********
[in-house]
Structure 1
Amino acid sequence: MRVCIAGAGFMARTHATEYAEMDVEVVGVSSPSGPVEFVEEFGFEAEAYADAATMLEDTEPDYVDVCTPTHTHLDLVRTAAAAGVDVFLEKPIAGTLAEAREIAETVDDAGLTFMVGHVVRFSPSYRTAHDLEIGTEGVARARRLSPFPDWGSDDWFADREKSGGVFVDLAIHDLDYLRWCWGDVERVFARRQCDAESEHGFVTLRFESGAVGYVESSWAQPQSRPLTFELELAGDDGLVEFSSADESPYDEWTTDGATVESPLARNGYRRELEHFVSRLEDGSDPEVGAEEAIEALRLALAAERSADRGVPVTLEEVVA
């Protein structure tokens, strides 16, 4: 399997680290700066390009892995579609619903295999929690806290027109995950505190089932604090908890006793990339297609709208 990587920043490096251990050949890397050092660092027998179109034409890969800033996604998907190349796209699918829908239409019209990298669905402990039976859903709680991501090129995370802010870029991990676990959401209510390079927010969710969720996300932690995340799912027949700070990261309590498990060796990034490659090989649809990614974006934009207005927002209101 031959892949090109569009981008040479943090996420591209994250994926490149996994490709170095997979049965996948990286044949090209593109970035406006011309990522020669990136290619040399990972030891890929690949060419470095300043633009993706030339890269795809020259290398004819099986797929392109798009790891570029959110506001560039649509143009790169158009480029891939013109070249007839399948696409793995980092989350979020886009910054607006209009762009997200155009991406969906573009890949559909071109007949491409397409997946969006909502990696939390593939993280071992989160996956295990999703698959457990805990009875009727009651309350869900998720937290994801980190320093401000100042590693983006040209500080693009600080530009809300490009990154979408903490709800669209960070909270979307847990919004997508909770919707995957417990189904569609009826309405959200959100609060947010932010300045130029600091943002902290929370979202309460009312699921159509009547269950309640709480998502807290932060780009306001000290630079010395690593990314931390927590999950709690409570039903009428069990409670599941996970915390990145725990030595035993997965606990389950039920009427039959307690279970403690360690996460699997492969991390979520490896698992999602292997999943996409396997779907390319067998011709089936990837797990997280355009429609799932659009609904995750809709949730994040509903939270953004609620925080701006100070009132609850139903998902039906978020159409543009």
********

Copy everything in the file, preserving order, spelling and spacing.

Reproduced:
[in-house]
Structure 1
Amino acid sequence: MRVCIAGAGFMARTHATEYAEMDVEVVGVSSPSGPVEFVEEFGFEAEAYADAATMLEDTEPDYVDVCTPTHTHLDLVRTAAAAGVDVFLEKPIAGTLAEAREIAETVDDAGLTFMVGHVVRFSPSYRTAHDLEIGTEGVARARRLSPFPDWGSDDWFADREKSGGVFVDLAIHDLDYLRWCWGDVERVFARRQCDAESEHGFVTLRFESGAVGYVESSWAQPQSRPLTFELELAGDDGLVEFSSADESPYDEWTTDGATVESPLARNGYRRELEHFVSRLEDGSDPEVGAEEAIEALRLALAAERSADRGVPVTLEEVVA
């Protein structure tokens, strides 16, 4: 399997680290700066390009892995579609619903295999929690806290027109995950505190089932604090908890006793990339297609709208 990587920043490096251990050949890397050092660092027998179109034409890969800033996604998907190349796209699918829908239409019209990298669905402990039976859903709680991501090129995370802010870029991990676990959401209510390079927010969710969720996300932690995340799912027949700070990261309590498990060796990034490659090989649809990614974006934009207005927002209101 031959892949090109569009981008040479943090996420591209994250994926490149996994490709170095997979049965996948990286044949090209593109970035406006011309990522020669990136290619040399990972030891890929690949060419470095300043633009993706030339890269795809020259290398004819099986797929392109798009790891570029959110506001560039649509143009790169158009480029891939013109070249007839399948696409793995980092989350979020886009910054607006209009762009997200155009991406969906573009890949559909071109007949491409397409997946969006909502990696939390593939993280071992989160996956295990999703698959457990805990009875009727009651309350869900998720937290994801980190320093401000100042590693983006040209500080693009600080530009809300490009990154979408903490709800669209960070909270979307847990919004997508909770919707995957417990189904569609009826309405959200959100609060947010932010300045130029600091943002902290929370979202309460009312699921159509009547269950309640709480998502807290932060780009306001000290630079010395690593990314931390927590999950709690409570039903009428069990409670599941996970915390990145725990030595035993997965606990389950039920009427039959307690279970403690360690996460699997492969991390979520490896698992999602292997999943996409396997779907390319067998011709089936990837797990997280355009429609799932659009609904995750809709949730994040509903939270953004609620925080701006100070009132609850139903998902039906978020159409543009």